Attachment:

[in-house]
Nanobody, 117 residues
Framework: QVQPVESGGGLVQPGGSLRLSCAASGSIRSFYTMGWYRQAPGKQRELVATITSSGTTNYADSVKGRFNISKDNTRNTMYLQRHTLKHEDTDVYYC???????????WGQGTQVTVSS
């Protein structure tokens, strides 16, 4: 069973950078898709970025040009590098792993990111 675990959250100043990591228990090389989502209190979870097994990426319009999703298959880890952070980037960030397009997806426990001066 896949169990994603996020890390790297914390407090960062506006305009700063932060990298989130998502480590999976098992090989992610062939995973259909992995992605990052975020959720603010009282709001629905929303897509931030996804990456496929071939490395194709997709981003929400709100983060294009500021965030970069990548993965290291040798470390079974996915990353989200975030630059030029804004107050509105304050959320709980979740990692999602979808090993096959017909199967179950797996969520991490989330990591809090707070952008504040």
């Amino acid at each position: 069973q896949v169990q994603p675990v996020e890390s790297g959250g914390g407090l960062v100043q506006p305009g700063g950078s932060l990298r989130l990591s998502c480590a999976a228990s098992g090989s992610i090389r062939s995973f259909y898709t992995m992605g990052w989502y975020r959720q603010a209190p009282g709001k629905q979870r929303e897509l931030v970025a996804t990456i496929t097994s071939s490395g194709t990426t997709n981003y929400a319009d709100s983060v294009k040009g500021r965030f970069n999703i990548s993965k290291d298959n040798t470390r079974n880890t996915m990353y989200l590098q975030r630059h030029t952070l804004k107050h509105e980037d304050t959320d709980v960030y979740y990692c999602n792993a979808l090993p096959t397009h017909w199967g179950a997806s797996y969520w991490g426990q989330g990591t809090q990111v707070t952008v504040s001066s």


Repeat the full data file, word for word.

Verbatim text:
[in-house]
Nanobody, 117 residues
Framework: QVQPVESGGGLVQPGGSLRLSCAASGSIRSFYTMGWYRQAPGKQRELVATITSSGTTNYADSVKGRFNISKDNTRNTMYLQRHTLKHEDTDVYYC???????????WGQGTQVTVSS
């Protein structure tokens, strides 16, 4: 069973950078898709970025040009590098792993990111 675990959250100043990591228990090389989502209190979870097994990426319009999703298959880890952070980037960030397009997806426990001066 896949169990994603996020890390790297914390407090960062506006305009700063932060990298989130998502480590999976098992090989992610062939995973259909992995992605990052975020959720603010009282709001629905929303897509931030996804990456496929071939490395194709997709981003929400709100983060294009500021965030970069990548993965290291040798470390079974996915990353989200975030630059030029804004107050509105304050959320709980979740990692999602979808090993096959017909199967179950797996969520991490989330990591809090707070952008504040």
């Amino acid at each position: 069973q896949v169990q994603p675990v996020e890390s790297g959250g914390g407090l960062v100043q506006p305009g700063g950078s932060l990298r989130l990591s998502c480590a999976a228990s098992g090989s992610i090389r062939s995973f259909y898709t992995m992605g990052w989502y975020r959720q603010a209190p009282g709001k629905q979870r929303e897509l931030v970025a996804t990456i496929t097994s071939s490395g194709t990426t997709n981003y929400a319009d709100s983060v294009k040009g500021r965030f970069n999703i990548s993965k290291d298959n040798t470390r079974n880890t996915m990353y989200l590098q975030r630059h030029t952070l804004k107050h509105e980037d304050t959320d709980v960030y979740y990692c999602n792993a979808l090993p096959t397009h017909w199967g179950a997806s797996y969520w991490g426990q989330g990591t809090q990111v707070t952008v504040s001066s």